Another scenario is when you have several examples from the same object, for example several measurements of the same patient or several images of the same plant. Then you absolutely want to make sure that all data instances for a particular object are in the same fold. Otherwise, your model would probably report severely overfitted scores.
In a parallel universe, not so far from ours, Orange’s Correlation widget looks like this.
Quite similar to ours, except that this one shows p-values instead of correlation coefficients. Which is actually better, isn’t it? I mean, we have all attended Statistics 101, and we know that you can never trust correlation coefficients without looking at p-values to check that these correlations are real, right? So why on Earth doesn’t Orange show them?
First a side note. It was Christmas not long ago. Let’s call a ceasefire on the frequentist vs. Bayesian war. Let us, for Christ’s sake, pretend, pardon, agree that null-hypothesis testing is not wrong per se.
The mantra of null-hypothesis significance testing goes like this:
1. Form hypothesis.
2. Collect data.
3. Test hypothesis.
In contrast, the parallel-universe Correlation widget is (ab)used like this:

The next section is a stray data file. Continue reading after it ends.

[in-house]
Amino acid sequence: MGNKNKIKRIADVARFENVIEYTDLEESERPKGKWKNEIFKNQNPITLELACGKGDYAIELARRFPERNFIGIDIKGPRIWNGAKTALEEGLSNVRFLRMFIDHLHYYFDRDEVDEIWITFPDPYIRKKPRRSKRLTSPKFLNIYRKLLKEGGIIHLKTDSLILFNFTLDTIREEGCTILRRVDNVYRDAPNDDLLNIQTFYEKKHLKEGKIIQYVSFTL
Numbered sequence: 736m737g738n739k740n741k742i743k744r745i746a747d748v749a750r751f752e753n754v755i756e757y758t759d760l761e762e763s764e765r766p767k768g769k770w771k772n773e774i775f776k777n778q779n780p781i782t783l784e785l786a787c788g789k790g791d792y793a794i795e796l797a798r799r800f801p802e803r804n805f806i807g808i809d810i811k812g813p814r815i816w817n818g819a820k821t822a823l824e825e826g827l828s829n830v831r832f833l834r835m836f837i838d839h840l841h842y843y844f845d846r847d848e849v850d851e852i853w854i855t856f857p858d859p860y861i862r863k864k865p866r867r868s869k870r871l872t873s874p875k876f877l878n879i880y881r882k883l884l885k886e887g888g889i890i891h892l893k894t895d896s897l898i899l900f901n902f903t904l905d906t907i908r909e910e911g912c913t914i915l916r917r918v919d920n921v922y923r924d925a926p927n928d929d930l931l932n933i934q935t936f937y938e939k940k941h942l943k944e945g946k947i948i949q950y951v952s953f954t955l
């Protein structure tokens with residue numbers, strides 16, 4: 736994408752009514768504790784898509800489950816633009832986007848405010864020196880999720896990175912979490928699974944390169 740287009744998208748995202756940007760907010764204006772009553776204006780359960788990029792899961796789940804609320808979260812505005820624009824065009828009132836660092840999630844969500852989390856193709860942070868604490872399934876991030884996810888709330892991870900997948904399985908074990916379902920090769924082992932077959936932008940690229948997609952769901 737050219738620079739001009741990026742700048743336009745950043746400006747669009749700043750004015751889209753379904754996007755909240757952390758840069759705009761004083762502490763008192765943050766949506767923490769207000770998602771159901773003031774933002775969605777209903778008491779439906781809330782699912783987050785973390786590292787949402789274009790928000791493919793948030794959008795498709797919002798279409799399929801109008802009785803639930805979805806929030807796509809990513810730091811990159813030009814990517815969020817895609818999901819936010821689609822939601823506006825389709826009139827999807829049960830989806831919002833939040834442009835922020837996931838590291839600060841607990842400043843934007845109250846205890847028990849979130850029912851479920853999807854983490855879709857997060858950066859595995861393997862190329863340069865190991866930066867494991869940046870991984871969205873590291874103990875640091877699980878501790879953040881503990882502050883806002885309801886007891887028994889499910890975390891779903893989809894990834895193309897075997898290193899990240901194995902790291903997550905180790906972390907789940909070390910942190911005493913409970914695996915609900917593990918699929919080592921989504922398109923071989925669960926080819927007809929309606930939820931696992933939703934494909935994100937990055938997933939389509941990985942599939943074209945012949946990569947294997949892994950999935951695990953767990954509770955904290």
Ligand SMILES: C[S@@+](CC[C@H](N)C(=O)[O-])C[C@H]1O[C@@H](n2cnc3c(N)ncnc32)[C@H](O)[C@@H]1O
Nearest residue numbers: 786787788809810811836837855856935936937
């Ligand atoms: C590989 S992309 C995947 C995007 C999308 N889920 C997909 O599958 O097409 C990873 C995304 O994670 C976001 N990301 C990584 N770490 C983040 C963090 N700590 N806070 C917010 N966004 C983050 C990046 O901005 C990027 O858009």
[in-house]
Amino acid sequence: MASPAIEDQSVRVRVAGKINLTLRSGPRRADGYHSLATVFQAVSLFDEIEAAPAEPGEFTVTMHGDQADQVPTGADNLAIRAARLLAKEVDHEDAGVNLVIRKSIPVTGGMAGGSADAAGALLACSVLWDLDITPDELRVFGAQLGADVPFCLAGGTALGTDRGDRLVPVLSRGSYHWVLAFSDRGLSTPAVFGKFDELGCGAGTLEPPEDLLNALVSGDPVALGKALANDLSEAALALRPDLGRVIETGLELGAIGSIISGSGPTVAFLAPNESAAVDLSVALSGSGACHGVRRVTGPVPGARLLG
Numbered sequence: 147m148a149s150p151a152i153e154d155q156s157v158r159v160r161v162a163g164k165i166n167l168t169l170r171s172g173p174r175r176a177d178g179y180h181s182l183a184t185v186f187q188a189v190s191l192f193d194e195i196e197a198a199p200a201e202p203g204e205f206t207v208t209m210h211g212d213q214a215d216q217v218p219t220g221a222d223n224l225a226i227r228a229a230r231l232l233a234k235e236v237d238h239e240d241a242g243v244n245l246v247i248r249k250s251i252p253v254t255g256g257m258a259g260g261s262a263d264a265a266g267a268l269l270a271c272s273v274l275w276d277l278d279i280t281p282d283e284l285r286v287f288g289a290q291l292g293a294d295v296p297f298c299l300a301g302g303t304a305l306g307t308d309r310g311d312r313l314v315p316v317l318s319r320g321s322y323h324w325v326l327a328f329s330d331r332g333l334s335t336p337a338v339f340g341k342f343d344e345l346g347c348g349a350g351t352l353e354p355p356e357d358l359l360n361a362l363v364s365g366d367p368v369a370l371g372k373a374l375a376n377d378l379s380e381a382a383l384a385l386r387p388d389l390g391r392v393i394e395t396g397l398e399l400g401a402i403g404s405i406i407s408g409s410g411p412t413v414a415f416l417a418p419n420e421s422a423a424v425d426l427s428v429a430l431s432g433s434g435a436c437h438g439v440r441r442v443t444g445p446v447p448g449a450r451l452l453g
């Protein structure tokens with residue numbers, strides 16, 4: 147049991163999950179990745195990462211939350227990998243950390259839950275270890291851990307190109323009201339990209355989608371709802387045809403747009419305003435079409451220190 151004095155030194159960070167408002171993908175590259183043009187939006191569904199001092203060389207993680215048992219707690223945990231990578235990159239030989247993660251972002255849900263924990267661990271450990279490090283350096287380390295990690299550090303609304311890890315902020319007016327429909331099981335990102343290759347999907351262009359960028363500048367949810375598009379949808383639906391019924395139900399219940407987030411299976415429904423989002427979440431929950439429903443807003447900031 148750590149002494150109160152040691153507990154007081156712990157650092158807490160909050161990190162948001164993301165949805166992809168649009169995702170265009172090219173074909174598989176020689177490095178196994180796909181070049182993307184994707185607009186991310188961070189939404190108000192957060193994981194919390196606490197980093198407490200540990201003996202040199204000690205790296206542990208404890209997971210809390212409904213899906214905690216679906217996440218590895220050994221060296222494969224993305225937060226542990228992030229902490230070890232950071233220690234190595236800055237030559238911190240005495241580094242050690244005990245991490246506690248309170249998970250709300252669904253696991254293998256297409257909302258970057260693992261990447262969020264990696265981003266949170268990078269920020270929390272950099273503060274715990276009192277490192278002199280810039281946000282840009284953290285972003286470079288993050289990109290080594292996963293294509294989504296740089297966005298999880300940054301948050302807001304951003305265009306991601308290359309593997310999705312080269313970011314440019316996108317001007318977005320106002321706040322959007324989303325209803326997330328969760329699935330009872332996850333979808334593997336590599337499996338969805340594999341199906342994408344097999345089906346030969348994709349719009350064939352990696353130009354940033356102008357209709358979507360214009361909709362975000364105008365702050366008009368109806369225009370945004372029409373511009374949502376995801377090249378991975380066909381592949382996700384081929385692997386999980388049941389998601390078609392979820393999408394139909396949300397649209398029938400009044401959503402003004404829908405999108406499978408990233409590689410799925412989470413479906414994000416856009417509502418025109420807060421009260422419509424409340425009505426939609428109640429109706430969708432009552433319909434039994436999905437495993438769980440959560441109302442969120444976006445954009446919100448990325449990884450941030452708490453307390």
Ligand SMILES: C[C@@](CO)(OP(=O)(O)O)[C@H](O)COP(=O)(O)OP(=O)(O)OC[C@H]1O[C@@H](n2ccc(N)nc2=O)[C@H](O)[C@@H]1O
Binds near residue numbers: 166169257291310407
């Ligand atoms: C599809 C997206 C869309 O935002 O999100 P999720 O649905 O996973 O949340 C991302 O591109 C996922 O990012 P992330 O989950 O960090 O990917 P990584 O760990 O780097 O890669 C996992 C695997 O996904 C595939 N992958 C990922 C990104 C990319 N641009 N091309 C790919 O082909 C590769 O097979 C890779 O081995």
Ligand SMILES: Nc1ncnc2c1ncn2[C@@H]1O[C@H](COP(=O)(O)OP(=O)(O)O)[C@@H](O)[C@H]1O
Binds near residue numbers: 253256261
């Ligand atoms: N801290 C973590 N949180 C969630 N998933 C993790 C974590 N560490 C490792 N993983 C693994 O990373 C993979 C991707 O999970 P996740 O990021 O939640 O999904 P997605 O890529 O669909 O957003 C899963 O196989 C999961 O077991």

1. Collect data.
2. Test all possible hypotheses.
3. Cherry pick those that are confirmed.
This is like the Texas sharpshooter who fires first and then draws targets around the shots. You should never formulate hypothesis based on some data and then use this same data to prove it. Because it usually (surprise!) works.
Back to the above snapshot. It shows correlations between 100 vegetables based on 100 different measurements (Ca and Mg content, their consumption in Finland, number of mentions in Star Trek DS9 series, likelihood of finding it on the Mars, and so forth). In other words, it’s all made it up. Just a 100×100 matrix of random numbers with column labels from the simple Wikipedia list of vegetables. Yet the similarity between mung bean and sunchokes surely cannot be dismissed (p < 0.001). Those who like bell pepper should try cilantro, too, because it’s basically one and the same thing (p = 0.001). And I honestly can’t tell black bean from wasabi (p = 0.001).
Here are the p-values for the top 100 most correlated pairs.
import numpy as np
import scipy as sp
a = np.random.random((100, 100))
sorted(stats.pearsonr(a[i], a[j]) for i in range(100) for j in range(i))[:100]
[0.0002774329730584203, 0.0004158786523819104, 0.0005008536192579852,
0.0007211022164265075, 0.0008268675086438253, 0.0010265740674904762,
(...91 values omitted to reduce the nonsense)
0.01844720610938738, 0.018465602922746942, 0.018662079618069056]
First 100 correlations are highly significant.
To learn a lesson we may have failed to grasp at the NHST 101 class, consider that there are 100 * 99 / 2 pairs. What is the significance of the pair at 5-th percentile?
correlations = sorted(stats.pearsonr(a[i], a[j]) for i in range(100) for j in range(i))
npairs = 100 * 99 / 2
print(correlations[int(pairs * 0.05)]
Roughly 0.05. This is exactly what should have happened, because: